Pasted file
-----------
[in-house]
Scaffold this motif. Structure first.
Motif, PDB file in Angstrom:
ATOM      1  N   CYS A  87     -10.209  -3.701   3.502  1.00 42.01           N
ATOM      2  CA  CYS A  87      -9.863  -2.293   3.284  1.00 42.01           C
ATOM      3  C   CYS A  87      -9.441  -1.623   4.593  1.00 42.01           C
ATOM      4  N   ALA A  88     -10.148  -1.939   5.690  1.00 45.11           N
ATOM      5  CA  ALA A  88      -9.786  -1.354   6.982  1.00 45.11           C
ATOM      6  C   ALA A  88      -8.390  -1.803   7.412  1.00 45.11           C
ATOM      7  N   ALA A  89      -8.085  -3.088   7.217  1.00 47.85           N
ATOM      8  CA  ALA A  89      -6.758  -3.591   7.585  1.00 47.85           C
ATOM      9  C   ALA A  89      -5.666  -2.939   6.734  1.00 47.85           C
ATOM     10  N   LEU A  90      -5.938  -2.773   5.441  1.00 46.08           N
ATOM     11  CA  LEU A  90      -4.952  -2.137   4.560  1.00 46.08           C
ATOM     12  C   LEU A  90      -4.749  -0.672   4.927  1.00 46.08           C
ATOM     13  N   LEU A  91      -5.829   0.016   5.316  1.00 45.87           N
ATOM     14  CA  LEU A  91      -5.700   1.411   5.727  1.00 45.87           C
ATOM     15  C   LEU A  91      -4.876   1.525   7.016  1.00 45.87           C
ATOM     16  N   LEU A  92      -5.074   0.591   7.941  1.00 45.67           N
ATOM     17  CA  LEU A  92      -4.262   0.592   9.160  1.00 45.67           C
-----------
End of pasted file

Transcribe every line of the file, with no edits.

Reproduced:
[in-house]
Scaffold this motif. Structure first.
Motif, PDB file in Angstrom:
ATOM      1  N   CYS A  87     -10.209  -3.701   3.502  1.00 42.01           N
ATOM      2  CA  CYS A  87      -9.863  -2.293   3.284  1.00 42.01           C
ATOM      3  C   CYS A  87      -9.441  -1.623   4.593  1.00 42.01           C
ATOM      4  N   ALA A  88     -10.148  -1.939   5.690  1.00 45.11           N
ATOM      5  CA  ALA A  88      -9.786  -1.354   6.982  1.00 45.11           C
ATOM      6  C   ALA A  88      -8.390  -1.803   7.412  1.00 45.11           C
ATOM      7  N   ALA A  89      -8.085  -3.088   7.217  1.00 47.85           N
ATOM      8  CA  ALA A  89      -6.758  -3.591   7.585  1.00 47.85           C
ATOM      9  C   ALA A  89      -5.666  -2.939   6.734  1.00 47.85           C
ATOM     10  N   LEU A  90      -5.938  -2.773   5.441  1.00 46.08           N
ATOM     11  CA  LEU A  90      -4.952  -2.137   4.560  1.00 46.08           C
ATOM     12  C   LEU A  90      -4.749  -0.672   4.927  1.00 46.08           C
ATOM     13  N   LEU A  91      -5.829   0.016   5.316  1.00 45.87           N
ATOM     14  CA  LEU A  91      -5.700   1.411   5.727  1.00 45.87           C
ATOM     15  C   LEU A  91      -4.876   1.525   7.016  1.00 45.87           C
ATOM     16  N   LEU A  92      -5.074   0.591   7.941  1.00 45.67           N
ATOM     17  CA  LEU A  92      -4.262   0.592   9.160  1.00 45.67           C